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Texas Bingo Laws (Monday, March 31, 2014)

BINGO!

After losing your best friend to Lupus, you decide to start a nonprofit organization to help combat this terrible disease.  Your biggest concern is fundraising.

 

You decide to open a Bingo Hall in order to raise funds.  What steps do you have to take for approval from the state?  Do you have to purchase special equipment?  What can you do with the proceeds? 

 

Who Can Operate a Bingo Hall?

Only an organization authorized by the Texas Lottery Commission may be granted a license to conduct Bingo.  Additionally, the organization is required to have existed in Texas for at least three years. 

 

This prevents fly-by-night scammers from frauding the system, and ensures that only legitimate, community conscious organizations benefit from this fundraising opportunity.

 

The statute recognizes only six authorized organizations: (1) religious society; (2) nonprofit organization; (3) fraternal organization; (4) veterans organization; (5) volunteer fire department; and (6) volunteer emergency medical services provider. 

 —See Authorized Organization—Tex. Occ. Code § 2001.101

 

How Do I Apply for a License?

An organization that qualifies as one of the groups mentioned above is required to apply for a license from the Texas Lottery Commission.  The application for a license must include several things; including the applicant’s name and address, the address and times in which Bingo will be conducted, and information necessary to conduct criminal background checks on officers and directors of the organization.  

—See License Application—Tex. Occ. Code § 2001.102

 

The Charitable Bingo division of the Texas Lottery Commission has standardized forms for first time applicants on its website.  As you will notice, there are applications for regular licenses as well as for temporary licenses.

 

What is the Difference between a Regular and Temporary License?

A temporary license is better for the once or twice a year fundraising initiatives, whereas a regular license is more equipped to handle weekly Bingo games for year round fundraising.  A temporary license is only valid for four hours a day, and an organization may not receive more than six temporary licenses in a calendar year. 

—See Temporary License—Tex. Occ. Code § 2001.103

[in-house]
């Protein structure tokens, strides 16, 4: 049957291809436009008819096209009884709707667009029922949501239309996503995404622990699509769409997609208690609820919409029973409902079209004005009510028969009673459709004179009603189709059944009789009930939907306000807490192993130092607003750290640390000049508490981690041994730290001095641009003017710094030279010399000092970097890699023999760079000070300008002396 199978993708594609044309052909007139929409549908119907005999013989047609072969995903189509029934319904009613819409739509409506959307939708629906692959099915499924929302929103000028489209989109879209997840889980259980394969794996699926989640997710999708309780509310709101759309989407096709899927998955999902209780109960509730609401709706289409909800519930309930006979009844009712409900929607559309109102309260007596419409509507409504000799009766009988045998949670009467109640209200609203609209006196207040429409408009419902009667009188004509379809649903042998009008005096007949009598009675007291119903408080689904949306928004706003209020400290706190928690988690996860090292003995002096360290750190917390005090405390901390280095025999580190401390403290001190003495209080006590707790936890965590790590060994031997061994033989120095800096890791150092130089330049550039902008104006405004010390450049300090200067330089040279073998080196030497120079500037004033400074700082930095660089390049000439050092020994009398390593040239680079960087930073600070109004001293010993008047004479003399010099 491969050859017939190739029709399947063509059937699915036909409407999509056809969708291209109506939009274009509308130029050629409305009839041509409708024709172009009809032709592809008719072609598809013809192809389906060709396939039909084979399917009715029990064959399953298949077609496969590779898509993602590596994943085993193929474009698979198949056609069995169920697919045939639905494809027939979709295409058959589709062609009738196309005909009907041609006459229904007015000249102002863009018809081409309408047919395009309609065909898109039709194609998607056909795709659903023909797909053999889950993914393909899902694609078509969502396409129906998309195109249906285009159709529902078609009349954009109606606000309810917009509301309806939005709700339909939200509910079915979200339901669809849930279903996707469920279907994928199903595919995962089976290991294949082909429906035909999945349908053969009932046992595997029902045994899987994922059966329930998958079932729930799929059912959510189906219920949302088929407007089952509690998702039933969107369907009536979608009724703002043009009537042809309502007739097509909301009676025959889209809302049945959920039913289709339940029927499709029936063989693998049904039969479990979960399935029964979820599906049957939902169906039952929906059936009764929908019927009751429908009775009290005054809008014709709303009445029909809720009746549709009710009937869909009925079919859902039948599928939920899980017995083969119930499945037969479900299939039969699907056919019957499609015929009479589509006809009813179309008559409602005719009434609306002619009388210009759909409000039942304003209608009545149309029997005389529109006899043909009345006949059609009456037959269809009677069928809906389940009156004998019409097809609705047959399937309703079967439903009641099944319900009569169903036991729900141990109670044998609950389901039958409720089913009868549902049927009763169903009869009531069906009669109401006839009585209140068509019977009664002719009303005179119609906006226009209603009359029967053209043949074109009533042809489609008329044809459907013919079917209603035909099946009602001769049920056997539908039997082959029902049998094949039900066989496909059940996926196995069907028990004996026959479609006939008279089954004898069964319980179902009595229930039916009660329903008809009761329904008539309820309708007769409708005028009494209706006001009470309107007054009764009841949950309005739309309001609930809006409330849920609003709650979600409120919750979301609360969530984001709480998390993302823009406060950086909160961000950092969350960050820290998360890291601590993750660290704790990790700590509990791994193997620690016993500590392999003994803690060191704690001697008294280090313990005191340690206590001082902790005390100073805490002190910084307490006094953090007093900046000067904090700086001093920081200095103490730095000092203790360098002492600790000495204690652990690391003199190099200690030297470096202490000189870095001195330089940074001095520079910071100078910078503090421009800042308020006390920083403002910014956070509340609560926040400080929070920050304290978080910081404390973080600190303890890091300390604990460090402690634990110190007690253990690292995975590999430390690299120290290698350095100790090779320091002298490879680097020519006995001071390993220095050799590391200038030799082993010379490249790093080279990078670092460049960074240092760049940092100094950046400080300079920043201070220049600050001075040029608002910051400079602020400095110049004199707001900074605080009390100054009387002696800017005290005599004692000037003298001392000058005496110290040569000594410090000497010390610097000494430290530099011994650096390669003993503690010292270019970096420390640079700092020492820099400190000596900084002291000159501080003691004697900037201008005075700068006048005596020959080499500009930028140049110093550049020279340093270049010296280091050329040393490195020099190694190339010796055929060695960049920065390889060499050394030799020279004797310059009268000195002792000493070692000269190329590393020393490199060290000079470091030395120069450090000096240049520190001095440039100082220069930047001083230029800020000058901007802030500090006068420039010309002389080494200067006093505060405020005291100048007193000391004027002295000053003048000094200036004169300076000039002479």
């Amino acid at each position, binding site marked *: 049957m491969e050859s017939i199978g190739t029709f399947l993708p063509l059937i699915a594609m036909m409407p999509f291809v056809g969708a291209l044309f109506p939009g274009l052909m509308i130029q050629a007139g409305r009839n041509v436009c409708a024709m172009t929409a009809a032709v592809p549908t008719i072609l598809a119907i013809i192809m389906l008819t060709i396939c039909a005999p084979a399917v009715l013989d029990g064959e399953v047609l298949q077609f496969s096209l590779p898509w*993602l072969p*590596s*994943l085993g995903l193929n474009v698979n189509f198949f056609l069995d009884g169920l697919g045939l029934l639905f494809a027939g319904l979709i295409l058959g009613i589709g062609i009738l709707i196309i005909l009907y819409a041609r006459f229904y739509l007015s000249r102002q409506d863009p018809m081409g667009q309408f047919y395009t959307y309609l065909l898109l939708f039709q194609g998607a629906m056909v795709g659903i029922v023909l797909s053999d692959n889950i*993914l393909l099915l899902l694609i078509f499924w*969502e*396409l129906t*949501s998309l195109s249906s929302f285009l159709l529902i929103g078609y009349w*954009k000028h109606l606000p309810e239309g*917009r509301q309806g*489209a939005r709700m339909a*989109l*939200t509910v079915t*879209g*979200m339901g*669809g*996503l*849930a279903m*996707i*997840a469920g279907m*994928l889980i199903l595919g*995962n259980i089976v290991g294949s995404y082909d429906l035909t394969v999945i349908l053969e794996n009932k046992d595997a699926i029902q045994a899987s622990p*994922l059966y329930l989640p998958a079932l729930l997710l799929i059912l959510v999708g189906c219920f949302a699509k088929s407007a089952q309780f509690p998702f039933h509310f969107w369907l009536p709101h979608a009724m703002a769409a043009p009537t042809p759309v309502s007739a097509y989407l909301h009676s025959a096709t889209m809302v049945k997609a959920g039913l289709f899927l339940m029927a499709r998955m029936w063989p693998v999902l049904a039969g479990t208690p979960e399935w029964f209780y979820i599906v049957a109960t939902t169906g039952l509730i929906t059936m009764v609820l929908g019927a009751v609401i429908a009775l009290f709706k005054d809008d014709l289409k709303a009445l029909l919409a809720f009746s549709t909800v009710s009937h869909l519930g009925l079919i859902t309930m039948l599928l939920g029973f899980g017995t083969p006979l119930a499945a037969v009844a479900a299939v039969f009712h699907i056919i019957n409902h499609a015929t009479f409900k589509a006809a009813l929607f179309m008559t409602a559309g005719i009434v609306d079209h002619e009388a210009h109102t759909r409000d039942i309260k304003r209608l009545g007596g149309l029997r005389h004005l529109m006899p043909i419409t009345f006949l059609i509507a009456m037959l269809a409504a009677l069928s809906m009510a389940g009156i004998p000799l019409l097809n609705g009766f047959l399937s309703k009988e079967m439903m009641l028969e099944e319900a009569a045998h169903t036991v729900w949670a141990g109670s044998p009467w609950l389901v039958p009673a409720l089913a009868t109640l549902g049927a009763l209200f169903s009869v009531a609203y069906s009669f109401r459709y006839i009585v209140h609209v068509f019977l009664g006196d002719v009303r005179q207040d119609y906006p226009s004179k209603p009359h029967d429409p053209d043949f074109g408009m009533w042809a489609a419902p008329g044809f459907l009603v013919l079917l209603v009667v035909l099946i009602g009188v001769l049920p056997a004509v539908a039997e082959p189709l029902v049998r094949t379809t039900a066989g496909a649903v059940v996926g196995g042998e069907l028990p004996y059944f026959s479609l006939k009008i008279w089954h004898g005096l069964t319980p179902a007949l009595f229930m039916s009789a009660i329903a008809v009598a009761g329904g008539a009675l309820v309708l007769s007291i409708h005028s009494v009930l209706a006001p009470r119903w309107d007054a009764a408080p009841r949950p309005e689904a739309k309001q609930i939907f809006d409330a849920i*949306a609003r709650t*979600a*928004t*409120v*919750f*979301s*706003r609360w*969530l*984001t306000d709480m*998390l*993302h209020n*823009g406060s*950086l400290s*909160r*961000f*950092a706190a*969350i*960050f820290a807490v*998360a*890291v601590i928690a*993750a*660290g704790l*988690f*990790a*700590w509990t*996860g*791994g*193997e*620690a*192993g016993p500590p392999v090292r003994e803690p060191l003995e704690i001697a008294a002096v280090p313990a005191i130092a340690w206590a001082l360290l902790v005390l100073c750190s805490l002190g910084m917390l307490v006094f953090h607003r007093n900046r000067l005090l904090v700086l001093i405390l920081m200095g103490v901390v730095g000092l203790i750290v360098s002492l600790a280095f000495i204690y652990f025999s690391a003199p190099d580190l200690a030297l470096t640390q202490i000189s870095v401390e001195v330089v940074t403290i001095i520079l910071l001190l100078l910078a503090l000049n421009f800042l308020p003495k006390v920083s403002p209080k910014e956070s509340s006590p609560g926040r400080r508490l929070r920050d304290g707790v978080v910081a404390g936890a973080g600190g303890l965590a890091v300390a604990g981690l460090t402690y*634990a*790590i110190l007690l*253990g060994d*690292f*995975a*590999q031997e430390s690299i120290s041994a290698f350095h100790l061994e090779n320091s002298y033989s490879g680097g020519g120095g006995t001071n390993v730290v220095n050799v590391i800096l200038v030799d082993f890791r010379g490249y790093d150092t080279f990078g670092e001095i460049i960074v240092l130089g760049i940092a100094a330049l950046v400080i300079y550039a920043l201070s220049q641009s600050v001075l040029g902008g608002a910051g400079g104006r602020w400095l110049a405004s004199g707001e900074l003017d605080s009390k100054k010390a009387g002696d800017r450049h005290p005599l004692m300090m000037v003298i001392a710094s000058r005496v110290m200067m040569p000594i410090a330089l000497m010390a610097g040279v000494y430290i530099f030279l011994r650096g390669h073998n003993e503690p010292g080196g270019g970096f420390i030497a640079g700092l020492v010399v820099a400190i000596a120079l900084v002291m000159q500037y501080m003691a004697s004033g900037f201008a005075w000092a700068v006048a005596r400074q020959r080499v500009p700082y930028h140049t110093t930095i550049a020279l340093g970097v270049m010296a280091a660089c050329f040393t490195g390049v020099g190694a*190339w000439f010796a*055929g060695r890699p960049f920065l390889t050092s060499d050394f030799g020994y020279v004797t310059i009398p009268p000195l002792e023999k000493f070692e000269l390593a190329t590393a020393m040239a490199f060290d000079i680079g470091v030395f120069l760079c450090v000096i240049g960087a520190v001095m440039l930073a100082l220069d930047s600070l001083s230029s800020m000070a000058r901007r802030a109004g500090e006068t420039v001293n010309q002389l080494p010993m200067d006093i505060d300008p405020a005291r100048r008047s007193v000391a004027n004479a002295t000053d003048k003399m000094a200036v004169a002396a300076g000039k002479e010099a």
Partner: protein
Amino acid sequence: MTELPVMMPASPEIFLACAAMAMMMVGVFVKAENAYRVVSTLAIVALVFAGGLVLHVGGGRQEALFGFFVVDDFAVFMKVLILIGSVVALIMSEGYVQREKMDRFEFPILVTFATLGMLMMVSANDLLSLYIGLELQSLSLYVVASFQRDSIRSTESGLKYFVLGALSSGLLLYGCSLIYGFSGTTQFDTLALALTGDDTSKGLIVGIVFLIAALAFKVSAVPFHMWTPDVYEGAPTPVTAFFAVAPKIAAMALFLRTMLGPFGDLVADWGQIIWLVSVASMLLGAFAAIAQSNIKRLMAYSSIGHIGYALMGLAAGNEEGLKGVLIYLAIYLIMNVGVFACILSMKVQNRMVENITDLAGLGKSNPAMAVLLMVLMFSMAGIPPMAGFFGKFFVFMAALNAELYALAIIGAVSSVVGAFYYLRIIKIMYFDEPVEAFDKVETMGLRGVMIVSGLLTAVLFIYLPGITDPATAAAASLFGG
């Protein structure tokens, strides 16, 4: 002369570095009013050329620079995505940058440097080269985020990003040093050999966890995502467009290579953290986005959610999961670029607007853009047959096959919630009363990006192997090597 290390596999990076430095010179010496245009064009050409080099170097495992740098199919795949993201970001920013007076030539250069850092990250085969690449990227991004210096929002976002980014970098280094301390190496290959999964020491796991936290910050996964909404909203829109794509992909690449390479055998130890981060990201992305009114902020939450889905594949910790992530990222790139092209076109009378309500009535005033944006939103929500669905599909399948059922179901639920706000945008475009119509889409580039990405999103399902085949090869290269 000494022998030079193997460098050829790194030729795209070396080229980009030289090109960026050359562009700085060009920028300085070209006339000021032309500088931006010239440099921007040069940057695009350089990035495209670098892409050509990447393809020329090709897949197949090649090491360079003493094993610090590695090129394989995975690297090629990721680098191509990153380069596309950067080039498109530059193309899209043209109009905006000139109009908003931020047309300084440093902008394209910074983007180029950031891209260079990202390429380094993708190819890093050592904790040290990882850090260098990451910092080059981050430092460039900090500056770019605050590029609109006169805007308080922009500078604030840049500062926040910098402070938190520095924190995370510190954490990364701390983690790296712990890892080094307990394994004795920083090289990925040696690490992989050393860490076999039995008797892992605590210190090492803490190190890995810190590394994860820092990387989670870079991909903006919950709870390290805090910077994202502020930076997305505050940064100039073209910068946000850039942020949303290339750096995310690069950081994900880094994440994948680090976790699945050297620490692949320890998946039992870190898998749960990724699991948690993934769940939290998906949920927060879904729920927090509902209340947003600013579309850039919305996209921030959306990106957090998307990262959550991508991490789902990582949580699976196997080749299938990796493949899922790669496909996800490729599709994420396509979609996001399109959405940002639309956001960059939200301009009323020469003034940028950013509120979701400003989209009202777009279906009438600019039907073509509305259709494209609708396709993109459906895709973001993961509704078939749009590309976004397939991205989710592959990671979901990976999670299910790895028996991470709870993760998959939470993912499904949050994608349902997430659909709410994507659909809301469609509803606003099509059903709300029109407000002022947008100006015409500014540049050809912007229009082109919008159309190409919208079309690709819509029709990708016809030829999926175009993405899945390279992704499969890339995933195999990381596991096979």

An organization with a regular (or annual) license can conduct up to three bingo events during a calendar week.  Like the temporary license, the Bingo event each day may not exceed four hours.  Also, no more than two Bingo events can be conducted at the same location during one day and each Bingo event must be separately announced; the events may not overlap. 

—See Bingo Occasions—Tex. Occ. Code § 2001.419

 

What Prizes Can be Awarded?

For a single game of Bingo, no more than $750.00 may be awarded as the winning prize.  For a single Bingo occasion (a single gathering or session which a bingo game or series of bingo games are conducted on the day and times listed on the license issued to an authorized organization), the limit is an aggregate value of less than $2,500.00. 

 

However, this $2,500.00 limit excludes pull tab Bingo or Bingo games which award individual prizes of $50.00 or less.  An organization also may not award or even offer to award a door prize with a value of more than $250.00. 

-See Prizes—Tex. Occ. Code § 2001.420

-See “Bingo Occasion”—Tex. Occ. Code § 2001.002(6)

 

Are Prizes Subject to a Fee or Tax?

A gross rentals tax rate of three percent of the gross rentals received by either a licensed commercial lessor or other licensed organization is imposed on the rental of the premises for conducting Bingo.

-See Gross Rentals Tax—Tex. Occ. Code § 2001.501

 

The organization is also required to collect a fee of 5% of the amount or value of the prize from a player who wins an amount greater than $5.00.  This fee collected from all winnings must be reported and remitted to the Texas Lottery Commission quarterly on or before the 25th day of the month succeeding each calendar quarter.  This report must be filed under oath on the forms specified by the Texas Lottery Commission.  Ultimately, the Texas Lottery Commission deposits this revenue to the credit of the general revenue fund.

-See Prize Fee—Tex. Occ. Code § 2001.502

-See Payment and Reporting of Tax or Fee—Tex. Occ. Code § 2001.504

 

Are There Any Exceptions for Bingo?

There are exceptions for you to conduct Bingo in other settings than was discussed here.  These include small events in your home, senior citizens’ homes and organizations, and limited business exceptions.  However, hosting a game of unlicensed Bingo which does not fall under an exception can bring about a serious charge of a third degree felony (punishable by two to ten years in prison as well as a possible $10,000 fine). 

-See Unlawful Bingo—Tex. Occ. Code § 2001.551

-See Third Degree Felony Punishment—Tex. Pen. Code § 12.34

 

Before you decide to engage in Bingo gaming, play it safe and speak with an attorney to discuss countless other nuances in the Texas Occupational Code which may affect your decision.  While Bingo is a great way to raise funds for good causes, it may not be the best way for your organization to raise funds.  If engaged in illegally, you could lose not only precious funds for your cause, but your credibility as well.

 

--Authored by Carrie A. Harris, B.A.,

 

Matthew Harris Law, PLLC  - Business Law Division

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